If you have comments about the programs or would like to describe your use of the programs, please drop me a line care of Atari Classics magazine. I hope you have as much fun using these programs as I had writing them.
About the author:
Lou Marcotte is a Senior Design and Development Engineer at Raytheon Company, where he develops software to control military and civilian radar systems. This is his first published article.
Editors's Comments. Finding the SPO256 AL2 chip will indeed be a problem. I looked through my pile of electronic component catalogs and finally located the chip in the 1991 Active Electronics catalog for $9.95. That was the most recent edition I have; however Lou indicates it is still listed for the same price in in a more recent edition of the Active catalog. Active is located at 11 Cummings Park, Woburn, MA 01801 USA, phone 617-932-4616.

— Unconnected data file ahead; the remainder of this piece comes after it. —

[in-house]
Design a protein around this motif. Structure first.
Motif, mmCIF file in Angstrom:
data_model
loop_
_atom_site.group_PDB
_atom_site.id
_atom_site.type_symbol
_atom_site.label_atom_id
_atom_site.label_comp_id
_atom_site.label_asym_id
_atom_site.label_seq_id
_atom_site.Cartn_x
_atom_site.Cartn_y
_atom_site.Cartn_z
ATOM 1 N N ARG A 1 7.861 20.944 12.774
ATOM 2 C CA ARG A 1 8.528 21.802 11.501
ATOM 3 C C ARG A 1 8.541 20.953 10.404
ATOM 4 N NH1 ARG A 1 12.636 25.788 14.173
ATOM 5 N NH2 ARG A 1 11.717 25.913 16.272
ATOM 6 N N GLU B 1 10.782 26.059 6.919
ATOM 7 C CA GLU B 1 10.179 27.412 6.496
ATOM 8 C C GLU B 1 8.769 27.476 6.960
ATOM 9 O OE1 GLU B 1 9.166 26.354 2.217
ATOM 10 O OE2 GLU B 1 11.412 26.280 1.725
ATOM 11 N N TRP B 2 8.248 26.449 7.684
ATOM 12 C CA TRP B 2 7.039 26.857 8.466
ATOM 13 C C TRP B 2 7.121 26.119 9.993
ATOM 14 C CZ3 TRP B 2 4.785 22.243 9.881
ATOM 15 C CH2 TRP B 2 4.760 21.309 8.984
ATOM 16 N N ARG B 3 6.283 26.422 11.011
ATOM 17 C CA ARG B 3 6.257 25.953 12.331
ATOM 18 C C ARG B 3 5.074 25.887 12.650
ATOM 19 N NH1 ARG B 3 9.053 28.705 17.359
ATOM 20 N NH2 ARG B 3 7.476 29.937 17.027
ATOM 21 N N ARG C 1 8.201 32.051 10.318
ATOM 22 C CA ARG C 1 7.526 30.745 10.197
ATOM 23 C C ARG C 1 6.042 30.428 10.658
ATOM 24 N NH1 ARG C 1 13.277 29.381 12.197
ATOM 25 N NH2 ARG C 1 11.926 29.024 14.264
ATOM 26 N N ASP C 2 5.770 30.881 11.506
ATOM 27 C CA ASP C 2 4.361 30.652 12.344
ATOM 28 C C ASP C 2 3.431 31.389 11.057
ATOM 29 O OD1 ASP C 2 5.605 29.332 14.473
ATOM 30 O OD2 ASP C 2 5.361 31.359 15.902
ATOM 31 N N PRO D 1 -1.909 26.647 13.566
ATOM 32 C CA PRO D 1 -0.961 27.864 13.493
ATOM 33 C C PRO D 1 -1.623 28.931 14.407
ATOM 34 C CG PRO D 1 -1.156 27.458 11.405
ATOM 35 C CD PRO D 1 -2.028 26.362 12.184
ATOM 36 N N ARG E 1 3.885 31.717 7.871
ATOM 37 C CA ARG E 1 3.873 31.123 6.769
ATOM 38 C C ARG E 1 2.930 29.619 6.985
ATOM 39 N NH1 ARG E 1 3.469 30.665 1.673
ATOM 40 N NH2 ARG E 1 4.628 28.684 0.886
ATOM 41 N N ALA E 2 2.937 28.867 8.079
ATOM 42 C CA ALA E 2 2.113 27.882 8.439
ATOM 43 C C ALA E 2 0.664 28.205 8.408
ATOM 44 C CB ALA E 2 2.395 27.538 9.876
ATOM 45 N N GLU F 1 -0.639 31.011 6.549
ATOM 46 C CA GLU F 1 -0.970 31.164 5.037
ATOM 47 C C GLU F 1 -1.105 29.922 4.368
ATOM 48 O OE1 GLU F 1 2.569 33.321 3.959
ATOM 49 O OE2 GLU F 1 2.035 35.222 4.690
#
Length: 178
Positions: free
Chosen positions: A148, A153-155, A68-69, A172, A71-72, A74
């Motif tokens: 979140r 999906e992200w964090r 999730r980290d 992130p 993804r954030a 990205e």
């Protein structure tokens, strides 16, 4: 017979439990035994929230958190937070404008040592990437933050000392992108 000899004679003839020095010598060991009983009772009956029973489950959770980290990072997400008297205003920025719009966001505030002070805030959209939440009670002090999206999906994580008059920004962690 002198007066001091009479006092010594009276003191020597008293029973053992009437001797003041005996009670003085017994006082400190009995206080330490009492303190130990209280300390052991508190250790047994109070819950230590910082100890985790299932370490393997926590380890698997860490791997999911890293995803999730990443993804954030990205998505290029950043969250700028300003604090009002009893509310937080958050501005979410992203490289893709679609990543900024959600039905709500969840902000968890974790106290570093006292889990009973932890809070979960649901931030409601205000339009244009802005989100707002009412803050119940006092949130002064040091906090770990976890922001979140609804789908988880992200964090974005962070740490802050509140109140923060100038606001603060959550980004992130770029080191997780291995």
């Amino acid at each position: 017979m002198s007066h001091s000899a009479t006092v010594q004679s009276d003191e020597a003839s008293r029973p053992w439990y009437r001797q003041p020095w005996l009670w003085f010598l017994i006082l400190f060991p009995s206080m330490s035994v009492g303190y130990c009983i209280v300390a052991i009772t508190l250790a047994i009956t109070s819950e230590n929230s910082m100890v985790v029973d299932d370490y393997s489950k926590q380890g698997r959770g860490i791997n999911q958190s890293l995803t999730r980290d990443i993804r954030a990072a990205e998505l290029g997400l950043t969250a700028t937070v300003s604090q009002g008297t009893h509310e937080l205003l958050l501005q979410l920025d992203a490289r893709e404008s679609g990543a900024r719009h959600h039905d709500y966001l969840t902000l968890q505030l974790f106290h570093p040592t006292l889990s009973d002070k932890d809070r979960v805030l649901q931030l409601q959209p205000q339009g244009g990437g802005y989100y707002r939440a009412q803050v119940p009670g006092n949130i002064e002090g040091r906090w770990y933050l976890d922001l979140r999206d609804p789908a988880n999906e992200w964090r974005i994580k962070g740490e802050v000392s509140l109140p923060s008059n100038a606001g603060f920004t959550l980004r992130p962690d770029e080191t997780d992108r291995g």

I built the Cheep Talk speech module myself but hadn't used it for quite a while; like Lou, I found programming the individual phonemes with BASIC too exhausting. The Type n' Talk programs are a major improvement over Lee Brilliant's original software, in that you get a fast aural feedback. Aural memory fades rather quickly, and allophone programming takes so long you forget what the previous "take "sounded like while you're working on the next improvement.